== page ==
A Busy Sunday
This coming Sunday is the celebration of the Holy Trinity. Did you know that more Episcopal churches are dedicated to the Trinity than to any other saint? Sunday is also Father’s Day and you can view its checkered history
The Trinity arises out of the experience of the first Christians who knew God as creator, but also in the person Jesus, and then through the indwelling of the Holy Spirit. The doctrine emerges much later as a means of protecting the mystery of God’s nature rather than explaining it. So, if you don’t understand it, that’s fine. You are not meant to! Traditionally the three-fold experience of God was identified by the pronouns Father, Son and the Holy Spirit. Patriarchal gender bias has led most of us to conflate the fatherhood of God with maleness, which brings me to Father’s Day.
The fatherhood of God is more than a projection of our human notions of fathers and fatherhood. The fatherhood of God is a communication of the masculine principle of creation, containment, and protection.
Here are three takeaways about the Trinity:
The Trinity reveals God not as a solitary individual but as a community of love.
Our desire to seek out relationships and to form communities is a reflection of being made in the image of God who is also relationship seeking and communal by nature.
The gendered references to God as father, son, and holy spirit (which should take the feminine pronoun) recognize the relational
not the gendered identity of God. I prefer the substitution of Lover, Beloved, and Love Sharer to bring out the relational aspect while avoiding the crude gender stereotyping.
Here are some pointers about Fatherhood:
Fatherhood is the masculine principle of creation, and a counterpart to the feminine principle of receptivity motherhood – both equally core attributes of God.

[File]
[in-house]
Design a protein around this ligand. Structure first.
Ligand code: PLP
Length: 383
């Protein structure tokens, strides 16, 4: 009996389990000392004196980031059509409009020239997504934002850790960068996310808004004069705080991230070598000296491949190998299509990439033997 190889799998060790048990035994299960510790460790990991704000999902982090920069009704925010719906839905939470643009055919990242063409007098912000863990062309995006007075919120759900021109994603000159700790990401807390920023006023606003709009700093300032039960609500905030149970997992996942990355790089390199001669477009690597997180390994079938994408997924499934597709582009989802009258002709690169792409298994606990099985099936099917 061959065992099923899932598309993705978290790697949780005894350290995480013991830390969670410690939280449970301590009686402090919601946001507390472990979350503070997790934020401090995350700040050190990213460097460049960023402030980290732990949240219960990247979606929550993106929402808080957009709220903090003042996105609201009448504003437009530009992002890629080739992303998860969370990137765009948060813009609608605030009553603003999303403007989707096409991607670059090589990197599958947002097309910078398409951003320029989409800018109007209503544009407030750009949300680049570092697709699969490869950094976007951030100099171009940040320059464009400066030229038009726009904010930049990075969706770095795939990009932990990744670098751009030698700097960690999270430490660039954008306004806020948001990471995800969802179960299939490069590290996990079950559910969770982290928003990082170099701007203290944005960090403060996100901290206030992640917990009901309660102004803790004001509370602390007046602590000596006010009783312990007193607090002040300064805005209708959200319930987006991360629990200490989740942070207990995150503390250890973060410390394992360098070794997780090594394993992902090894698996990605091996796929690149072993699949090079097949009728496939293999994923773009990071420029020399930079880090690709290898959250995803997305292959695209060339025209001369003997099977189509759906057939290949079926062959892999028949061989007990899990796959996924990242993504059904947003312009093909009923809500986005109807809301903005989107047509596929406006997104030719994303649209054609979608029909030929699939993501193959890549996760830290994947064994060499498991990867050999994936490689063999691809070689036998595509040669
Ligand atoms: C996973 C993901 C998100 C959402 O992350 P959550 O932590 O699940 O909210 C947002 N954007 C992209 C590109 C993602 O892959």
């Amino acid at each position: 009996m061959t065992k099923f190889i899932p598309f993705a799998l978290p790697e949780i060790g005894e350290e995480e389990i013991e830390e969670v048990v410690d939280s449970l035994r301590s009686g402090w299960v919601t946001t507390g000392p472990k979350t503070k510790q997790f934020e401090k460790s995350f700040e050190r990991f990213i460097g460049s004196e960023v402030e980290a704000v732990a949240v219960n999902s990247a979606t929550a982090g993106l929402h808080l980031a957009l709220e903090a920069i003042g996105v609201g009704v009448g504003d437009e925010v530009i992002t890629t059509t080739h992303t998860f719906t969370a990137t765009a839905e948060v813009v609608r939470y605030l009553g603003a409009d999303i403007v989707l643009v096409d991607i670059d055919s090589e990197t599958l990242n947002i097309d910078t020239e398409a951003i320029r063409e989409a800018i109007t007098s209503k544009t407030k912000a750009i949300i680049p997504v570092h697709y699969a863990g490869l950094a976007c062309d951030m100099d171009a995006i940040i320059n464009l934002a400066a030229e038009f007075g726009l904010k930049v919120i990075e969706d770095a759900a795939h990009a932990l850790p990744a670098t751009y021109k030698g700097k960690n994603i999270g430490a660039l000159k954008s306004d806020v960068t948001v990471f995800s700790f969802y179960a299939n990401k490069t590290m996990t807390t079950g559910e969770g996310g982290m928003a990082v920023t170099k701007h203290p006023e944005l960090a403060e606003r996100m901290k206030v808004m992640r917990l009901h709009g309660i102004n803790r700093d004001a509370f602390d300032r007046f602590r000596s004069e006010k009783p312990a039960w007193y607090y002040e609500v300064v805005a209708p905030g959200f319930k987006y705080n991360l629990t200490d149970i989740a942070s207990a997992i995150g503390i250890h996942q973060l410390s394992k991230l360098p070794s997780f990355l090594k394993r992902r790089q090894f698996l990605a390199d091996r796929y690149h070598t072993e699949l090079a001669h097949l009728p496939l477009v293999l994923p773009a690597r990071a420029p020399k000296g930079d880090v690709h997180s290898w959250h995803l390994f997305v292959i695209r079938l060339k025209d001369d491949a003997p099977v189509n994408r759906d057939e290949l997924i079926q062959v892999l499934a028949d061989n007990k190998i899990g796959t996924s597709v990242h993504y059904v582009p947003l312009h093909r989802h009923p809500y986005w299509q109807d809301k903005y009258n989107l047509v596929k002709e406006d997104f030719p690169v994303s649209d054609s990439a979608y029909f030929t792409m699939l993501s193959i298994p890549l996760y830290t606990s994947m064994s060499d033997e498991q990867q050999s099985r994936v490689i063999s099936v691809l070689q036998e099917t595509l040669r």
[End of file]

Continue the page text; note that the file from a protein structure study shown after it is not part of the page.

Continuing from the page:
When our male fathers embody the divine principle of fatherhood, they become co-creators not just in the sense of biological procreation but as creators and protectors of an environmental and emotional space– within which the mother and infant experience an uninterrupted enjoyment of one another.
Fatherhood as a masculine principle is not coterminous with male gender.
Fathers need not be perfect but like mothers, need only to be good enough. They will sometimes fail in their early role as creators and protectors of the mother-infant relationship due to their own emotional unpreparedness for their role.
This Sunday let’s celebrate fatherhood, both as a core attribute of God and as well as our earthly fathers.
Trinity Sunday will also mark the beginning of my 6
th year as rector. The last five years represent an energy-filled time when together, we have worked to strengthen the foundations of our parish community enabling us to take on new challenges going forward as exciting opportunities. In speaking of challenges, this Sunday, we will hold a presentation in the Church immediately following-on from the end of the 9:30 Eucharist and preceding coffee hour at which our resident church architect, Peter Lofgren, will take us through the aspects of the major work currently being undertaken concerning the tower, chapel, roof, and east window project. Although Trinity Sunday is a major celebration of the Church and the last Choral Sunday of the program year, every effort will be made to ensure that the addition of the presentation will not greatly exceed the usual length of the 9:30 service. I commend the upcoming presentation as something of significant interest to all our members.
See you in church, on Trinity Sunday.